Study of the Dielectric Property of Monolayer Confined Water Using A Polarizable Model

Q Fan and HT Liang and XQ Xu and ST Lv and Z Liang and Y Yang, ACTA CHIMICA SINICA, 78, 547-556 (2020).

DOI: 10.6023/A20030054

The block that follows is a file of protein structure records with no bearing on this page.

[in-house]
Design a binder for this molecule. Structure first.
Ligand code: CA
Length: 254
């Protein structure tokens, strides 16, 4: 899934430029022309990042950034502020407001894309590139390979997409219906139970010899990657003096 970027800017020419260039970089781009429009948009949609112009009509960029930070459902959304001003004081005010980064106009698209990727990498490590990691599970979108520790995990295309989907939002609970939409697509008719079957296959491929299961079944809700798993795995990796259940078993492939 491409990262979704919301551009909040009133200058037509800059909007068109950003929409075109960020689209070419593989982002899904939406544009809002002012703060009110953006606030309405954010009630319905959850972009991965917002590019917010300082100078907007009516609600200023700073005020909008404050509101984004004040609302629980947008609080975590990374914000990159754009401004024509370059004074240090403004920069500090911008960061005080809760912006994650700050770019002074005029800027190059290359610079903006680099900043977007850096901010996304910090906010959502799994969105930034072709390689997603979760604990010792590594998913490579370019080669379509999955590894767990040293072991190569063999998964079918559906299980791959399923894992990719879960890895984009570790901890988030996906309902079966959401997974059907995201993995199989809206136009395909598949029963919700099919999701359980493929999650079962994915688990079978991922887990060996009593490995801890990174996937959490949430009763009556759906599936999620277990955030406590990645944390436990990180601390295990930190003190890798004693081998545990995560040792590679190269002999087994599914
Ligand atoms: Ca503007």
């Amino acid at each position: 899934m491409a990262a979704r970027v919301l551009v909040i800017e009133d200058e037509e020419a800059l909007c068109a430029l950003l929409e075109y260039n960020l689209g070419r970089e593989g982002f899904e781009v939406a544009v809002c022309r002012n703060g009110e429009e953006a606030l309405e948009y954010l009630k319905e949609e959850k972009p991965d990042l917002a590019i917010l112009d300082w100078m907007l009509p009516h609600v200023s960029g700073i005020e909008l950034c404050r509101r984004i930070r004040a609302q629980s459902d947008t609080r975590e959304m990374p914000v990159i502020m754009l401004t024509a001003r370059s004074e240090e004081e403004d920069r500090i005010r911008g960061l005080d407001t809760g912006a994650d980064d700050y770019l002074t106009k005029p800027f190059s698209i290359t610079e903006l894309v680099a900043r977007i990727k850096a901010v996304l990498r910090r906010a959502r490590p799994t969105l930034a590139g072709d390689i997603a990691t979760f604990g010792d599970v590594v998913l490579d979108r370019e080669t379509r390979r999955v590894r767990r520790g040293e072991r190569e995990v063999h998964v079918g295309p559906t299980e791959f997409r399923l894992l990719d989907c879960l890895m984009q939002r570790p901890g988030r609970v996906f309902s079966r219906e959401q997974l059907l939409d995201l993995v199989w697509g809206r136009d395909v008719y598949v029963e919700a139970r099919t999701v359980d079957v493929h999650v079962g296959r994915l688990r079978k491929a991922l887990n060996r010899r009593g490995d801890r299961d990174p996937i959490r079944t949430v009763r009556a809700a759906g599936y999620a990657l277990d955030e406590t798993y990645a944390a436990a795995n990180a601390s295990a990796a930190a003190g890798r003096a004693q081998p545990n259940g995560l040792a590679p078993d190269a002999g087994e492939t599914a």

The direct measurement of the dielectric properties of the confined water is exceedingly challenging, result in the lack of a quantitative understanding of its critical roles in electrochemistry, interfacial reactivity and transport thermodynamics. In this paper, we employ the equilibrium molecular dynamics simulation and the linear response theory-based analytical expressions for the local permittivity tensor, to calculate the static and dynamic dielectric response properties of the monolayer ice and water confined in the 0.65 nm size hydrophobic slab pore under 5 x 10(8) Pa lateral pressure and different temperatures. We carry out a detailed comparative study on the performance of predicting the confined structure and dielectric response properties between two well known water molecule models, i.e., constant dipole moment SPC/E model and polarizable SWM4-NDP water model. We have analyzed the probability distributions of the instantaneous SWM4-NDP water molecular dipole moments and calculated the static structure factor, radial dipole-dipole correlation function, static dielectric tensor, total dipole autocorrelation function and Debye relaxation time of each simulation system. For the first time, we found the novel variation of the water molecular polarities, in the monolayer confined liquid and solid phase of water, due to the extreme confinement condition. The performance in describing the structural properties are found comparable between the two water models, and the enhancement of the confinement weakens the advantage of the SWM4-NDP model in predicting the static dielectric property. However, in the prediction of the dynamic properties such as dielectric relaxation time, SWM4-NDP water model is superior to the SPC/E model. Therefore, we suggest that using SWM4-NDP model in the future investigation of the structural phase transition kinetics, ionic transportation and solvation kinetics would be the better choice. The current achievement of the fundamental insight and computational data could potentially facilitate the theoretical advancements in designing new devices of energy storage, sensor, and medicine delivery based on confined water systems.

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